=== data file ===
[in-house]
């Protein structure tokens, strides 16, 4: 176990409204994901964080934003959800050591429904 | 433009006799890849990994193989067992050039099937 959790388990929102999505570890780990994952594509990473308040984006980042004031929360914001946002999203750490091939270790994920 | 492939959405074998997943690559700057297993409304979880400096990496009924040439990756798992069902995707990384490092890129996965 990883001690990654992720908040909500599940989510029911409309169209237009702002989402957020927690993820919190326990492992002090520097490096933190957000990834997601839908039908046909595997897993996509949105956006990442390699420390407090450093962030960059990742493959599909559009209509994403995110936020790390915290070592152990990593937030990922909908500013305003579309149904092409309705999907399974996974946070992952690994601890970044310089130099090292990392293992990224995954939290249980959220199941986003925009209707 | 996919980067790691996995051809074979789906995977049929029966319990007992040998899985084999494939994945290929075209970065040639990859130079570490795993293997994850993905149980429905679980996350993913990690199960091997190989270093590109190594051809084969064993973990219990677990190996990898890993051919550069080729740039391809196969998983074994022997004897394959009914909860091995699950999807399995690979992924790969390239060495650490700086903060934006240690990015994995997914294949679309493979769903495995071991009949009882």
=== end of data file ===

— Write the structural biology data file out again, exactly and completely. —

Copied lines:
[in-house]
């Protein structure tokens, strides 16, 4: 176990409204994901964080934003959800050591429904 | 433009006799890849990994193989067992050039099937 959790388990929102999505570890780990994952594509990473308040984006980042004031929360914001946002999203750490091939270790994920 | 492939959405074998997943690559700057297993409304979880400096990496009924040439990756798992069902995707990384490092890129996965 990883001690990654992720908040909500599940989510029911409309169209237009702002989402957020927690993820919190326990492992002090520097490096933190957000990834997601839908039908046909595997897993996509949105956006990442390699420390407090450093962030960059990742493959599909559009209509994403995110936020790390915290070592152990990593937030990922909908500013305003579309149904092409309705999907399974996974946070992952690994601890970044310089130099090292990392293992990224995954939290249980959220199941986003925009209707 | 996919980067790691996995051809074979789906995977049929029966319990007992040998899985084999494939994945290929075209970065040639990859130079570490795993293997994850993905149980429905679980996350993913990690199960091997190989270093590109190594051809084969064993973990219990677990190996990898890993051919550069080729740039391809196969998983074994022997004897394959009914909860091995699950999807399995690979992924790969390239060495650490700086903060934006240690990015994995997914294949679309493979769903495995071991009949009882």